# Securinets CTF 2018 Crypto Writeup

I’ve been looking for crypto challenges lately. In this CTF challenge, there are three crypto challenges (with some steganography for the last one).

## Looser - 150 Points

We got `flag.png.crypt`

, I think that this image may be encrypted with `xor`

of some bytes. We know (by searching) that PNG file header starts its 8 bytes with `89 50 4E 47 0D 0A 1A 0A`

.
So we try to find the key.

```
enc = open('flag.png.crypt').read()
heads = '89504E470D0A1A0A'.decode('hex')
ks = []
for i in range(8):
ks += [ord(enc[i]) ^ ord(heads[i])]
print ks
```

The result is

```
[238, 238, 238, 238, 238, 238, 238, 238]
```

So we know that the key is just a single byte (with ordinal integer `238`

). After get the key we can xor the key with every bytes of encrypted image and get the flag.

```
enc = open('flag.png.crypt').read()
# 1st PNG byte
head = '89'.decode('hex')
def xor(a,b):
return ''.join([chr(ord(x)^ord(y)) for x,y in zip(a,b)])
k = xor(enc[0],head)
dec = ''
for i in enc:
dec += xor(k, i)
with open('flag.png', 'w') as f:
f.write(dec)
f.close()
```

And the flag is in the `flag.png`

.

**Flag: Flag{Hopefully_headers_are_constants}**

## The Worst RSA Joke - 350 Points

I was tried to find a way to factor its modular `n`

, and all techniques I tried were failed. I decide to go back to the description and found that it uses `single prime`

. Which means `n`

is prime and I can’t factor it for sure. Back to the basic of RSA, we know that private key (`d`

) is computed by

$$d \equiv e^{-1} \mod φ(n)$$

and we know that for any prime `p`

, it holds

$$φ(p) = p-1$$

We have `e`

and `φ(n)`

(`n-1`

),so we cat get the private key easily.

```
from Crypto.PublicKey import RSA
from Crypto.Util.number import long_to_bytes, bytes_to_long
from gmpy import invert
pubkey = RSA.importKey(open('public.pem').read())
p, e = pubkey.n, pubkey.e
c = bytes_to_long(open('flag.enc').read().decode('base64'))
d = invert(e, p-1)
m = pow(c, d, p)
flag = long_to_bytes(m)
print flag
```

And we get the output which contains our flag.

```
The empire secret system has been exposed ! The top secret flag is : Flag{S1nGL3_PR1m3_M0duLUs_ATT4cK_TaK3d_D0wn_RSA_T0_A_Sym3tr1c_ALg0r1thm}
```

**Flag: Flag{S1nGL3_PR1m3_M0duLUs_ATT4cK_TaK3d_D0wn_RSA_T0_A_Sym3tr1c_ALg0r1thm}**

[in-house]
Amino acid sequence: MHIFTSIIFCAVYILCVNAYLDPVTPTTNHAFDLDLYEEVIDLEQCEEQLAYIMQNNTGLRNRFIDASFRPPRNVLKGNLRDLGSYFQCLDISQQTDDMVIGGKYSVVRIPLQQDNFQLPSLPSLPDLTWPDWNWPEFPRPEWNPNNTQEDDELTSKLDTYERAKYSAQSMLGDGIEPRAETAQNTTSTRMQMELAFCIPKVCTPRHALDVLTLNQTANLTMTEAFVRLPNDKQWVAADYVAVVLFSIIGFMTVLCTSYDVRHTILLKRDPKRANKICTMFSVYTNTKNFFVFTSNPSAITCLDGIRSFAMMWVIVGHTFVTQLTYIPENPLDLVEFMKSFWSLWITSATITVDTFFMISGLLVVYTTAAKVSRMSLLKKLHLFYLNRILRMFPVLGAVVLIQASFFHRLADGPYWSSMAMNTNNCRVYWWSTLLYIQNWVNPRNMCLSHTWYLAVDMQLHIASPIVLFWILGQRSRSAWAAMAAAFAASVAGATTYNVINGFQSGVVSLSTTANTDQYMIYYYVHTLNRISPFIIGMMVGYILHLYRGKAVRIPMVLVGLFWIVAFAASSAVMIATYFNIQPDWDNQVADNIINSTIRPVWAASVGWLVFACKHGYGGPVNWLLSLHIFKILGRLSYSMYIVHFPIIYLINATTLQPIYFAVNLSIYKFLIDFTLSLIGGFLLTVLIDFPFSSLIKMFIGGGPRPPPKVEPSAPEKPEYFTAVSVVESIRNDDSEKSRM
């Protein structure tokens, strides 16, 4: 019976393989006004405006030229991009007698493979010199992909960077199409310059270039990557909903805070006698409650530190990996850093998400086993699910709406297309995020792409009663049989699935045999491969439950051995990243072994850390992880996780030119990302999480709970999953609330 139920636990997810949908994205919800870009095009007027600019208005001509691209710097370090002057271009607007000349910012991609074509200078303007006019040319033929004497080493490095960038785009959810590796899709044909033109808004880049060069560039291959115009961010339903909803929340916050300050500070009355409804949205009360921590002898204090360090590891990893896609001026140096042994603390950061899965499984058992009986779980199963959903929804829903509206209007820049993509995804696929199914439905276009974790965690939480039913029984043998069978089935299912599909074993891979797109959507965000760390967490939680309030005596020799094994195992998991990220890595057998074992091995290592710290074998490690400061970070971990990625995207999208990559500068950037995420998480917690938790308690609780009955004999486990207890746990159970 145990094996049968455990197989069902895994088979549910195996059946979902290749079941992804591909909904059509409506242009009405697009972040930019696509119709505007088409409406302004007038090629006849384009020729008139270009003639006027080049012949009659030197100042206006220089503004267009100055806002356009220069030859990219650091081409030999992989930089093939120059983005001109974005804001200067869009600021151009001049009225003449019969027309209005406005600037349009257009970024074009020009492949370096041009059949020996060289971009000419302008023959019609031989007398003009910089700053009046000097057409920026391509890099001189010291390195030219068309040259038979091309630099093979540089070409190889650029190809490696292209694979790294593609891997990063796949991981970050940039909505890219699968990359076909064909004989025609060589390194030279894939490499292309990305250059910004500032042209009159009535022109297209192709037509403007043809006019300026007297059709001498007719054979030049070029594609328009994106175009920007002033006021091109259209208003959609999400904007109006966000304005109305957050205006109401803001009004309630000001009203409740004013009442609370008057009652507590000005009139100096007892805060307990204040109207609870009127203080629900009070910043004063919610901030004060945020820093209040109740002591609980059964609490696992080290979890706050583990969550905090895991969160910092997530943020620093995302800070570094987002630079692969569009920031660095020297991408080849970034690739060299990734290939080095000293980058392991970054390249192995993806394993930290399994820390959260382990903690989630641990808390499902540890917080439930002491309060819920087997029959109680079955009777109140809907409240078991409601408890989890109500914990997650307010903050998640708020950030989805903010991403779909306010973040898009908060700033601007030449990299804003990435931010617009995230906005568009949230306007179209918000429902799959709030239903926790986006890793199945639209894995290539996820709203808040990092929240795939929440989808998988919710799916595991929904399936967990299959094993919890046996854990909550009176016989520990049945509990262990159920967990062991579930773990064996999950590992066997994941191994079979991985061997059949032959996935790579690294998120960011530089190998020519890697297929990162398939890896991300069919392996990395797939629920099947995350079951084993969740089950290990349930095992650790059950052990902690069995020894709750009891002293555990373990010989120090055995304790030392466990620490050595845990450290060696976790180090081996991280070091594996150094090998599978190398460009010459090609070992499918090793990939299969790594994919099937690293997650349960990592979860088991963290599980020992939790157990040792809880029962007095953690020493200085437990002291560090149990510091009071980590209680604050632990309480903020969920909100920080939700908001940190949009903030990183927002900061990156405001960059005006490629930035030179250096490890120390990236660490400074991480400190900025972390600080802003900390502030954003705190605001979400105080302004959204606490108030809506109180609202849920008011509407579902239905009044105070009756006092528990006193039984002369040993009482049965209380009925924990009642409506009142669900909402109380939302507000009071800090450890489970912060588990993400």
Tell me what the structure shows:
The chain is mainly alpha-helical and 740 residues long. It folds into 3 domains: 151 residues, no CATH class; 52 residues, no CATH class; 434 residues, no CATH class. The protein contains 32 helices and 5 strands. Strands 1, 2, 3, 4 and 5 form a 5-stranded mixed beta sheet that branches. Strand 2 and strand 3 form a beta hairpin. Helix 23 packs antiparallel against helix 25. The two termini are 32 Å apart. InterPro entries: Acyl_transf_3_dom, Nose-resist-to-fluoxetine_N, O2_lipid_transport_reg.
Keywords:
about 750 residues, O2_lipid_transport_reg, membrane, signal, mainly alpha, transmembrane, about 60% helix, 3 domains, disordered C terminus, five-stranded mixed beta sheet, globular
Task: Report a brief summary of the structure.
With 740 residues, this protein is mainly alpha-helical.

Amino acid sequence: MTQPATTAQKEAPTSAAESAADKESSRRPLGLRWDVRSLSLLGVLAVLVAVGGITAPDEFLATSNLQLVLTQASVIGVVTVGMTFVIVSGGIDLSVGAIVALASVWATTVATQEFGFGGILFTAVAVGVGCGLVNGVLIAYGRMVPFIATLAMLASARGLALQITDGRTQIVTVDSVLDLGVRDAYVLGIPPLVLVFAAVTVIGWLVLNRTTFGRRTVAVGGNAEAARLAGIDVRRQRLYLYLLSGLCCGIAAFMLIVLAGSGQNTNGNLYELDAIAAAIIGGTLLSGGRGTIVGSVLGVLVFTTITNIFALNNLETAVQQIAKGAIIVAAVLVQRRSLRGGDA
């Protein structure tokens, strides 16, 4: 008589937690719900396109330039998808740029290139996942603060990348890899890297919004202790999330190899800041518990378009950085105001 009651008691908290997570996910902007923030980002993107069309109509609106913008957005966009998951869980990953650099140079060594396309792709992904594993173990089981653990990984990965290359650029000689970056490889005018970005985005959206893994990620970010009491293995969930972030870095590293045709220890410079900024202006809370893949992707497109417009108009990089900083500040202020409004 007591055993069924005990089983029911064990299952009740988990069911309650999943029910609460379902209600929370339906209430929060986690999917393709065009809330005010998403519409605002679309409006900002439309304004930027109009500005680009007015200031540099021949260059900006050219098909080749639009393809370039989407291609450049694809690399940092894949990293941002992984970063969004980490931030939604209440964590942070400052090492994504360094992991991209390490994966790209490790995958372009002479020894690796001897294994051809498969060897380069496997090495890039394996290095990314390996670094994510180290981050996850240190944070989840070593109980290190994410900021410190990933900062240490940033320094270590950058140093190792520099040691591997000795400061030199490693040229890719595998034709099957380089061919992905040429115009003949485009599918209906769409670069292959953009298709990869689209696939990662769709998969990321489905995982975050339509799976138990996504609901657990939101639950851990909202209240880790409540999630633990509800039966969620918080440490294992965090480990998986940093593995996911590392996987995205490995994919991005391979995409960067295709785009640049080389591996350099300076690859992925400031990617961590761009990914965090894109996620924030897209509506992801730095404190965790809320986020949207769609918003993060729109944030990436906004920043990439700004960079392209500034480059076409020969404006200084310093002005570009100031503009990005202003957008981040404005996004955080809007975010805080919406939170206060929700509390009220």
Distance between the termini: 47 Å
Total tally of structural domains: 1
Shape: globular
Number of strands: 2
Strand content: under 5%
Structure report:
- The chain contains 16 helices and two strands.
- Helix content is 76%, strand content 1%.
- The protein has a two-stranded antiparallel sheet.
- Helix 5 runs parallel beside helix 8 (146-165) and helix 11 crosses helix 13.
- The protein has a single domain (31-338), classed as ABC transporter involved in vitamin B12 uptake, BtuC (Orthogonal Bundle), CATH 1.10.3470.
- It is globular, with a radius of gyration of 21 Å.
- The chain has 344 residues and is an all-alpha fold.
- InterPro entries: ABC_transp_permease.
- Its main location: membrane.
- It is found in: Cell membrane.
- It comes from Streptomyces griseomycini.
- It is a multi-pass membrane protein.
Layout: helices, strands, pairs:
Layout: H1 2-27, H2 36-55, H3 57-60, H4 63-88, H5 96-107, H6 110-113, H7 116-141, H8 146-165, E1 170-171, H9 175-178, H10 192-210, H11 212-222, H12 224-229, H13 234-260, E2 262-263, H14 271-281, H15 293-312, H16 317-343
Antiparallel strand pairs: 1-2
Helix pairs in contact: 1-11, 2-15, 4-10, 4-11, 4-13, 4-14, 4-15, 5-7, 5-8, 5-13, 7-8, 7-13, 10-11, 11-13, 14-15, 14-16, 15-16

## Improve the quality - 800 Points

From the description, the secret message was splitted into parts (e.g. `123456`

=> `12`

, `34`

, `56`

). And each part is the secret key for each given point on the Elliptic Curve.

$$ Q1 = k1 * G \newline Q2 = k2 * G \newline … $$

We have to combine `k1`

, `k2`

, … to get the secret message.

### 1. Find B

With `A`

, `p`

, and `(x,y)`

coordinate of any point on the curve, we can find `B`

with

$$ y^2 \equiv x^3 + Ax + B\mod p\newline B \equiv y^2 - x^3 - Ax\mod p $$

I choose (x,y) from a generator `G`

, compute above equation. We will get `B`

as `618`

.

### 2. Find each secret key

Since it is just a small number, we can compute Discrete Logarithm directly via `discrete_log`

in Sagemath.

```
#!/usr/bin/env sage
A = 658974
p = 962280654317
B = Mod(339109212996**2 - 518459267012**3 - A*518459267012 , p)
E = EllipticCurve(GF(p), [A, B])
G = E(518459267012, 339109212996)
Qs = [(656055339629, 670956206845),
(714432985374, 30697818482),
(519532969453, 833497145865),
(606806384185, 353033449641),
(370553209582, 211121736115),
(95617246846, 666814491609),
(474872055371, 795112698430),
(249845085299, 222352033875),
(850954431245, 810446463695),
(188731559428, 877002121896),
(168665615402, 464872506873),
(26722558561, 269217869309),
(16403346294, 478534963882),
(539749282946, 332444159141),
(932295517649, 23439478940),
(765194933041, 920187938377),
(853124087439, 845601917928),
(246454416048, 212483699689),
(312547608490, 688107262695),
(43261158649, 439444472742),
(320785434805, 477080449838),
(741706320740, 672809544395),
(361762297756, 858805805323),
(782235980044, 600673464737),
(69196762074, 327427680437),
(876001563166, 573218279075),
(117946101727, 954797129239),
(771781111553, 314018907599),
(579549799021, 322325160055),
(857081196493, 464260539273),
(852938568103, 429083796488),
(850954431245, 810446463695),
(55203632714, 255470537391),
(600464434215, 605840305721),
(620532163623, 575613893944),
(215810002861, 481354983411),
(538481263994, 666638294130),
(528666082457, 895034116069),
(296218553972, 899557390183),
(428618251485, 445768511836),
(632412058600, 685699421425),
(634041855232, 495546745721),
(570481762204, 252944477333),
(760959783781, 435626456209)]
Ks = []
for q in Qs:
Q = E(q)
Ks += [discrete_log(Q, G, operation='+')]
```

### 3. Find the (not really) fla

The hint said that after we get the key, split it to 2 chars (`123456`

=> [`12`

, `34`

, `56`

]) so I think that each element in the list can be transform with `chr`

, and it is.

```
K = ''.join([str(i) for i in Ks])
flag = ''
for i in range(0,len(K),2):
flag += chr(int(K[i:i+2]))
print flag
```

The output is

```
CONVERT THIS TO LOWER CASE FIRST :
THIS IMAGE CONTAINS THE FLAG, TRY TO GET IT
THE SUBMITTED FLAG MUST BE IN THIS FORMAT:
FLAG-EC[WHAT YOU'LL FIND IN THE IMAGE]
IMAGE URL:
HTTP://CRYPTO.CTFSECURINETS.COM/1/STEG-PART.PNG
```

Here is not the end. We need some more work to get the flag.

### 4. Play with Steg

After converting to the lower case and following the link, we get this image.

When it comes to steganography, I usually go to `StegSolve`

as my first choice. And it doesn’t disappoints me.

**Flag: flag-ec[EC_St!e-g1(a)no]**